BDTs – Why do we use them?
– To add new custom fields
– To hide standard fields
– To modify screens
– To add new menu options
– To add custom validations
So for example, if the requirement is to add new fields, shift fields from one tab to another tab, add field groups, create views, and create sections in a screen, then the BDT helps you to do that.
- Field Group – Field grouping is a way to group list of fields. Fields that co-exists all the time can be grouped into one Field group. Display attributes like hiding fields or making fields optional or mandatory or display only is set at field group level for ease of maintenance. For example, if a transaction has two fields named start date and end date, its likely that these two fields always co-exists i.e. either both of the fields get displayed or both of them hidden but never one field is displayed and other is hidden so these two fields can be created under same field group.
- View – One or more field groups constitute a view. All fields that are displayed and checked together are created as view. For ex, if a view two field groups included, all the fields from the two field groups always get displayed together. One field group can be hidden and another can be displayed (display attribute is configurable at field group level) but if both are displayed, they will be displayed together i.e. you can’t split fields in a view and display some in one screen and another in another screen. Technically a view is nothing but a sub screen and all the fields in the included field groups are added to this sub screen through screen painter.
- Section – One or more views can be grouped into a section. The BDT automatically puts a frame around the section in display. The advantage with having section is views that make sense together can be grouped into one section and they will be displayed together. If at later stage this is not required, the views can be displayed in separate block by just moving the view from the existing section to separate section.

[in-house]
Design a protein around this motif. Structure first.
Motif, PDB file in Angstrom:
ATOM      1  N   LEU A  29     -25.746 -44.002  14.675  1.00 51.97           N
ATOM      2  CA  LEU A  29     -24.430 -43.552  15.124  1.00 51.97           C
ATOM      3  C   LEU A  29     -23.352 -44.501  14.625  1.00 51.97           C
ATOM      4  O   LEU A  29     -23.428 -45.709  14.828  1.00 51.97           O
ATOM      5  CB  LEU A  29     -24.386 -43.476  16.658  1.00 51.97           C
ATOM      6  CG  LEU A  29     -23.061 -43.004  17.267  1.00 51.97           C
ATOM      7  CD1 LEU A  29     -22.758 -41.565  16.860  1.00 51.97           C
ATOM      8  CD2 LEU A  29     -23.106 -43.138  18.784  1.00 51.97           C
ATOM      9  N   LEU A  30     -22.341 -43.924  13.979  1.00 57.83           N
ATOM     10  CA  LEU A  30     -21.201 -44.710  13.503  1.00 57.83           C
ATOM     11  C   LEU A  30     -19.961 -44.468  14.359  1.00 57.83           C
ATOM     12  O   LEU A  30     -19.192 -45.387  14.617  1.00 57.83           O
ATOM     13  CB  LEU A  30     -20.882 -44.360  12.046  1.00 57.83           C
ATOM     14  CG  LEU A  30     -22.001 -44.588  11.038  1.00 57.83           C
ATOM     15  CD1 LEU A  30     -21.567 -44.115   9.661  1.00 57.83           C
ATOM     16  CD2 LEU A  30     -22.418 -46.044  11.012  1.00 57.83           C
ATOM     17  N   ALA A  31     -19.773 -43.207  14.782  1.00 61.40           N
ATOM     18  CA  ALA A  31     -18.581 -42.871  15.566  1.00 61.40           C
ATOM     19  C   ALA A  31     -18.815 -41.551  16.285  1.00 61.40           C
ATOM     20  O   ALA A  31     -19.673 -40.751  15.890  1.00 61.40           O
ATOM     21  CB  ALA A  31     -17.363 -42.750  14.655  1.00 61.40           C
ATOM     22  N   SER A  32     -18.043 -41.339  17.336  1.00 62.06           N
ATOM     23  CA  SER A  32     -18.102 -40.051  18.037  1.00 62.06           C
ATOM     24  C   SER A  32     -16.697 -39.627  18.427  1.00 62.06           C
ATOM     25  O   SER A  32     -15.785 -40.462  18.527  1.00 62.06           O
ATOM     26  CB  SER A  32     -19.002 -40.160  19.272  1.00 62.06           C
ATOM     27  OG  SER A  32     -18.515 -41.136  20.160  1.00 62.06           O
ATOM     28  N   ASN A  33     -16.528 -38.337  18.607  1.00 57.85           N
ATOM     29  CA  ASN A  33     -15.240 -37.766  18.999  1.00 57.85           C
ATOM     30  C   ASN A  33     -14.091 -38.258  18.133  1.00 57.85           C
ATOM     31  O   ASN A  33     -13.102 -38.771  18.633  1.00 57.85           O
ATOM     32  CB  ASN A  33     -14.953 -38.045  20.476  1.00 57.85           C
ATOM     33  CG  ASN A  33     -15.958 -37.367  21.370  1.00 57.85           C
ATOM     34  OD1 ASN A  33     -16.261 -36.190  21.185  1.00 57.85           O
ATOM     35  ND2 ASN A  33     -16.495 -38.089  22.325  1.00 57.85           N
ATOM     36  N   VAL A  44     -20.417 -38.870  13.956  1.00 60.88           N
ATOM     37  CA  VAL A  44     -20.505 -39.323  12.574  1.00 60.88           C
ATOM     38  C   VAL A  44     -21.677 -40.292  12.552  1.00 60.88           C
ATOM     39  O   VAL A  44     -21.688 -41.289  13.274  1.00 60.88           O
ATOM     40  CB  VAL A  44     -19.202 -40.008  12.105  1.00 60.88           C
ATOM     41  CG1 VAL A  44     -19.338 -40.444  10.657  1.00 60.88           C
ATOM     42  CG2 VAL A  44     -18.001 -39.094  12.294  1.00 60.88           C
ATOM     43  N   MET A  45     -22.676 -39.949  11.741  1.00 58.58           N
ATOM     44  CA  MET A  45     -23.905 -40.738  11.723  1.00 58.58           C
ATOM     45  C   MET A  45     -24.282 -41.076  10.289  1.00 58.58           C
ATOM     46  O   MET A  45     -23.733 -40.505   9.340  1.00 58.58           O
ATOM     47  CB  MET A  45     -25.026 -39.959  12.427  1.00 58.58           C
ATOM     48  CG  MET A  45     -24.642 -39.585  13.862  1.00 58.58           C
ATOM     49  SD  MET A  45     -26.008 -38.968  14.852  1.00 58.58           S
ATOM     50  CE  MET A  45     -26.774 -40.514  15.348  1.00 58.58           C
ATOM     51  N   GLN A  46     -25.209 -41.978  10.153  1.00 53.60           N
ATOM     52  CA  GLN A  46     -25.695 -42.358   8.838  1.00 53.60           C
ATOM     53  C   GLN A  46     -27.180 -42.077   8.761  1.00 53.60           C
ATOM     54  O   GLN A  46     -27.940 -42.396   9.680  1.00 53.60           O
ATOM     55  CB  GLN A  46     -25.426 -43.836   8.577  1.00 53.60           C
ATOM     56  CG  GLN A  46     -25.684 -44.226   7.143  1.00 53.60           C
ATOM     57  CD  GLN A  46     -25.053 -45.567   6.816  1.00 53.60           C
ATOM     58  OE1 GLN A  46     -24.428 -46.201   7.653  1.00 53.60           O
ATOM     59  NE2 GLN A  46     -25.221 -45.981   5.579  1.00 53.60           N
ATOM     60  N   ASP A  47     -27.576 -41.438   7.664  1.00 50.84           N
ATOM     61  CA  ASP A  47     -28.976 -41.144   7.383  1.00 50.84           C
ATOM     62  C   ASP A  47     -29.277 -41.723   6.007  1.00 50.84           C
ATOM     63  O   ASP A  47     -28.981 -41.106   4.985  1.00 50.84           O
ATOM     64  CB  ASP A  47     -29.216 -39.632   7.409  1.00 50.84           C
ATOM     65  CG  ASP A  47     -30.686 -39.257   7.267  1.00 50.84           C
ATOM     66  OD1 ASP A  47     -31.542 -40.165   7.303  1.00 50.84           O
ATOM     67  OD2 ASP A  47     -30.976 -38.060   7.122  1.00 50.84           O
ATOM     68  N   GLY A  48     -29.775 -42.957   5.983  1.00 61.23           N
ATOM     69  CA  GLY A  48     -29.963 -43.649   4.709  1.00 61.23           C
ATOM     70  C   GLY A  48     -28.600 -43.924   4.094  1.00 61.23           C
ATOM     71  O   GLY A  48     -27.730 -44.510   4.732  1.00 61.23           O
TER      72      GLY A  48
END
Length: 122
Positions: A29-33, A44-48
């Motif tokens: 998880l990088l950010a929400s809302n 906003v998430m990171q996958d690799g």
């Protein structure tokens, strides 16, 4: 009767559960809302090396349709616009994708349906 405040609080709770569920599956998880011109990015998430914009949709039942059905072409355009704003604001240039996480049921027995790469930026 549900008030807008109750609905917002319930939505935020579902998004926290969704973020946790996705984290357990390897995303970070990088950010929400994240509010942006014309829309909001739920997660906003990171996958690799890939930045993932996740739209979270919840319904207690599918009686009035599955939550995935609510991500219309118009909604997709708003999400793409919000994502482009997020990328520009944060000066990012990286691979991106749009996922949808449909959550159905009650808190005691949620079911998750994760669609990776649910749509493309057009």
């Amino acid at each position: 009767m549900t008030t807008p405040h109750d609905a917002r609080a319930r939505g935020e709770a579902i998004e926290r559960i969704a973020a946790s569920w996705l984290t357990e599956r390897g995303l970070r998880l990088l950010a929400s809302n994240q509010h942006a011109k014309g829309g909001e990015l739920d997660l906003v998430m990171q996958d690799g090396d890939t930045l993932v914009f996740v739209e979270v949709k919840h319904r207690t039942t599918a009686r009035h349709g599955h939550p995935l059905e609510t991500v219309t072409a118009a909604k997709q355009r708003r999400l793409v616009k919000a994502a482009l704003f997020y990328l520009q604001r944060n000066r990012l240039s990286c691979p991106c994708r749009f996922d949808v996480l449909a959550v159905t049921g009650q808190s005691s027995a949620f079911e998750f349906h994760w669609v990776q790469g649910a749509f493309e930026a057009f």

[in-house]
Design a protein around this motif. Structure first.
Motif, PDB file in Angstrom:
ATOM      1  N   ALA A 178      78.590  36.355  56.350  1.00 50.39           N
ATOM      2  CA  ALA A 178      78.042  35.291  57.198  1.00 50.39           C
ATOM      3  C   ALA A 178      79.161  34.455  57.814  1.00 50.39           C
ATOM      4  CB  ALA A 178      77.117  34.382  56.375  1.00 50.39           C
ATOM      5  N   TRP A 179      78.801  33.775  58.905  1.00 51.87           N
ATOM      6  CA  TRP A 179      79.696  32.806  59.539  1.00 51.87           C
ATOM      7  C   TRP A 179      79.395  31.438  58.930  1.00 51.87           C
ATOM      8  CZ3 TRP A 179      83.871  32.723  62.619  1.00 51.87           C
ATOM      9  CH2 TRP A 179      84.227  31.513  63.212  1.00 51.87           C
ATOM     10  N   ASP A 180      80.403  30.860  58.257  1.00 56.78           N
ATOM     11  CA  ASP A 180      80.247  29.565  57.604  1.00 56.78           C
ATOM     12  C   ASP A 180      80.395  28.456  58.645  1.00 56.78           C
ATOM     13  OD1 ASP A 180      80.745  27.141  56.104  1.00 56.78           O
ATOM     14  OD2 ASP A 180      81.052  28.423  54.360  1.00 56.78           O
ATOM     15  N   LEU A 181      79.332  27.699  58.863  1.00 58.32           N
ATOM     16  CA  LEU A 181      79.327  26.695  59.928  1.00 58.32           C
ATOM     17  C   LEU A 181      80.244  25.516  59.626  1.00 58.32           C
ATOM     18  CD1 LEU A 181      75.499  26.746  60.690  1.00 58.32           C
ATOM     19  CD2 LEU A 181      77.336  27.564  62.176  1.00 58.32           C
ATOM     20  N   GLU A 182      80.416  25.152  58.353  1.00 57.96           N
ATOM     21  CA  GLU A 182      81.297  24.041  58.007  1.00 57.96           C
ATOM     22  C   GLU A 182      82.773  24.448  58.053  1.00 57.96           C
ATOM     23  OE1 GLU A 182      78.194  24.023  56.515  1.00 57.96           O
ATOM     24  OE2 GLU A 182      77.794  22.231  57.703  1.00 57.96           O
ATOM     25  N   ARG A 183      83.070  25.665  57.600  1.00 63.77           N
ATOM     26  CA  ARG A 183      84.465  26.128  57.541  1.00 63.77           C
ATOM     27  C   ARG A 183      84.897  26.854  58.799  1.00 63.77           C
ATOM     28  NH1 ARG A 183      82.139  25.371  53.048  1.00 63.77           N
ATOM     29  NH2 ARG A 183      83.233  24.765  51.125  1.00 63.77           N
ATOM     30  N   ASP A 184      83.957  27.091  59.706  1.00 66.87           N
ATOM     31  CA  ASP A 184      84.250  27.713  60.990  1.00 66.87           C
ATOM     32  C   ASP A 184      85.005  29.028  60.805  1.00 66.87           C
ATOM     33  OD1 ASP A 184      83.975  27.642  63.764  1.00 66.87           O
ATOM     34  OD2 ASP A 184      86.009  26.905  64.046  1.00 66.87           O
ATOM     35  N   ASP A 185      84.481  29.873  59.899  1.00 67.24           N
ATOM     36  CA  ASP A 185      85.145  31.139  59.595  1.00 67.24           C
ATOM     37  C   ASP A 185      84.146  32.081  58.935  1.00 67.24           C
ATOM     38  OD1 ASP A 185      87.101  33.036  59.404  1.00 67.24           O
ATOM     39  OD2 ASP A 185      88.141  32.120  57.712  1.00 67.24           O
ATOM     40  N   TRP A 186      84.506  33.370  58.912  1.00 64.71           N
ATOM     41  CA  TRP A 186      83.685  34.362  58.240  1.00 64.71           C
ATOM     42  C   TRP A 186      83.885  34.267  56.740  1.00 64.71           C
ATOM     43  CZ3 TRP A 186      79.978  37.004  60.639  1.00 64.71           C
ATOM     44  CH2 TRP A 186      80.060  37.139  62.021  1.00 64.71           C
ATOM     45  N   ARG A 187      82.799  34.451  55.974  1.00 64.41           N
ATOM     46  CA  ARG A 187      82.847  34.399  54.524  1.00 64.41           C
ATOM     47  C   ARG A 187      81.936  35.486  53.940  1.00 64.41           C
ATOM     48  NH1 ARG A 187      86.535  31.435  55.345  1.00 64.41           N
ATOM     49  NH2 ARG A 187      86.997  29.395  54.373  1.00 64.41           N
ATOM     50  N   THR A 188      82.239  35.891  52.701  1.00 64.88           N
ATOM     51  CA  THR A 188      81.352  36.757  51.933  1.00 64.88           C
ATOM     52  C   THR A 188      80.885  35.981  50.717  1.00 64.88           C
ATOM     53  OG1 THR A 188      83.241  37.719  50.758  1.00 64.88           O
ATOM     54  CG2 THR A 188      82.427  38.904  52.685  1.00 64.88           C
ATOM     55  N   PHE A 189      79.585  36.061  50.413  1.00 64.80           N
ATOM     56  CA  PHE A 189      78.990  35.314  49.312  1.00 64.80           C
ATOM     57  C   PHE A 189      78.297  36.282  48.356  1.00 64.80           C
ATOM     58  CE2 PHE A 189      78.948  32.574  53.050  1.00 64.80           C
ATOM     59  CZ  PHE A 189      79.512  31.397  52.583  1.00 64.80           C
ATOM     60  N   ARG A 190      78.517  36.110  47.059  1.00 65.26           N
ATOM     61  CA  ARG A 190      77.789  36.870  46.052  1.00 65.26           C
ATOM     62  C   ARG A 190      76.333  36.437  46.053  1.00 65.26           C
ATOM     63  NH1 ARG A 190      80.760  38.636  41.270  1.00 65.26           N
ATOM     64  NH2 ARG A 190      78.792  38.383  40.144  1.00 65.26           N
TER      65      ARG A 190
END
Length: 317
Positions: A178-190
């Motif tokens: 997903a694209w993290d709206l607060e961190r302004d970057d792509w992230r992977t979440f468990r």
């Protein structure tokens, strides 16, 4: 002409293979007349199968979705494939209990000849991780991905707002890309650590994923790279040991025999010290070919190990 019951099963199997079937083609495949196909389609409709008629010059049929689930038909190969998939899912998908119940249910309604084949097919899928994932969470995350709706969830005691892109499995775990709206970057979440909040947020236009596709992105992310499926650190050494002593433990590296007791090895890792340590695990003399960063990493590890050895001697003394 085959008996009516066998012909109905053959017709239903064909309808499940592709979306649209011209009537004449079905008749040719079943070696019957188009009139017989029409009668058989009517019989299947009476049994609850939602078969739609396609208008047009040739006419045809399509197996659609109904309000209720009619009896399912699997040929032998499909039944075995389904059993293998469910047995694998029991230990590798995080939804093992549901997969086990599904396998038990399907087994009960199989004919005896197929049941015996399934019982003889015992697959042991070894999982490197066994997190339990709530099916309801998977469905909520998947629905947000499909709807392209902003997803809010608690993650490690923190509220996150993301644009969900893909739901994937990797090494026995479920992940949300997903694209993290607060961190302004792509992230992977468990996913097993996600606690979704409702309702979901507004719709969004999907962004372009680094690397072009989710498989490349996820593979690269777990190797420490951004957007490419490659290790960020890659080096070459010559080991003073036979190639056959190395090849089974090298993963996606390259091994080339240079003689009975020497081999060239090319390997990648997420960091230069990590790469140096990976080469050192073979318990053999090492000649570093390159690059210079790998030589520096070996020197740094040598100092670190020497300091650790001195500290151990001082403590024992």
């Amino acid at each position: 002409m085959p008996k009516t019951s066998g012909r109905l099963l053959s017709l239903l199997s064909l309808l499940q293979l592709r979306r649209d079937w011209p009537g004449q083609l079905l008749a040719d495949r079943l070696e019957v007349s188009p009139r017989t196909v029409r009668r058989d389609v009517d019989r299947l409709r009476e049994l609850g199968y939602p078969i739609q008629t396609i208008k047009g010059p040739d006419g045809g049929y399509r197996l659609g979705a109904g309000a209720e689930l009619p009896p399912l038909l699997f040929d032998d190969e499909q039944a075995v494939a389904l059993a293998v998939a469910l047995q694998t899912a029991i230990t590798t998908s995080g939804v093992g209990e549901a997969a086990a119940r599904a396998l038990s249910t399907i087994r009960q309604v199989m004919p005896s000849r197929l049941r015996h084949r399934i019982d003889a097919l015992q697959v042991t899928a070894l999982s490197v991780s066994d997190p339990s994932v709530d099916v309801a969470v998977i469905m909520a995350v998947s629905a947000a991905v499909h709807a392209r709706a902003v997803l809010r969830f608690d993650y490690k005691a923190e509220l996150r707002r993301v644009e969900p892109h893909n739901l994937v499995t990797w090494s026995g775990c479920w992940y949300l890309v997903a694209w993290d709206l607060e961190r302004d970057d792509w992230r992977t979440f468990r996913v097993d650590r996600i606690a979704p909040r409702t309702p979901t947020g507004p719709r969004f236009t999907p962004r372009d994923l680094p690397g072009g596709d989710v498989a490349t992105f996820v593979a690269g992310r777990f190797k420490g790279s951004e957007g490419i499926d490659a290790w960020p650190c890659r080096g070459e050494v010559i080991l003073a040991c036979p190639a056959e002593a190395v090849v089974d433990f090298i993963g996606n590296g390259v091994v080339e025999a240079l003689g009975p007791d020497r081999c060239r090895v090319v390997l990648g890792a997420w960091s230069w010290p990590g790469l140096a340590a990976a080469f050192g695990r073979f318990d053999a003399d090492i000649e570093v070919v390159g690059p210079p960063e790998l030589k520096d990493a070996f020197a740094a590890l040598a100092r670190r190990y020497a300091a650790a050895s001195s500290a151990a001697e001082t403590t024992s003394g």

- Screen – One or more sections can be grouped into a screen. Screen is the biggest unit in the screen layout. Each screen will be displayed as a tab in the final transaction.
But not all transactions will be BDT enabled in SAP. For example, Business partner is a BDT enabled transaction in SAP. New custom fields can be created; existing fields can be moved or deleted. For each BDT enabled transaction a separate area menu will be available.
BDTs – When do we use them?
Typically, these are used when standard SAP master data and organizational process requirements are not consistent. The fact that these are requirements and not ‘nice to haves’, implies that some modification must be made to support business processes, otherwise those processes will not pass integration or user acceptance testing. When this occurs, enhancement requests are generated and enhancements begin.
BDT extensions, or enhancements, can be created over multiple levels. As a rule application development in ECC has a maximum of five levels:
OK, so I can hear you asking… How can I find out if my transaction has above BDT modification technique available?
Here are a set of steps you can use to try and determine if your object is BDT capable.
BDTs – More information:
I typically don’t like re-inventing the wheel, so I’m going to provide links to some additional documentation already created and provided by SAP
First here is a Developers Guide for BDT’s
Here is a document provided by the SCN community
Summary and some final thoughts…
BDT was meant to extend the BP model, User interface, APIs, etc. from a central perspective. let’s remember the user interface when BDT was designed was based on the SAP GUI, and as we all know SAP CRM has evolved since then, and the entire user framework was replaced by the Web UI, its tools, and methodology.
So, what now? Well some BDT’s were replaced by BADI’s and Enhancement points and some others…well weren’t, so the BDT events are still working in some scenarios, for example during the maintenance of the BP relationships.
So in summary, we have discussed what BDT’s are, why to use them, and how. I also provided useful links to existing SAP documentation for a step by step Build and use case.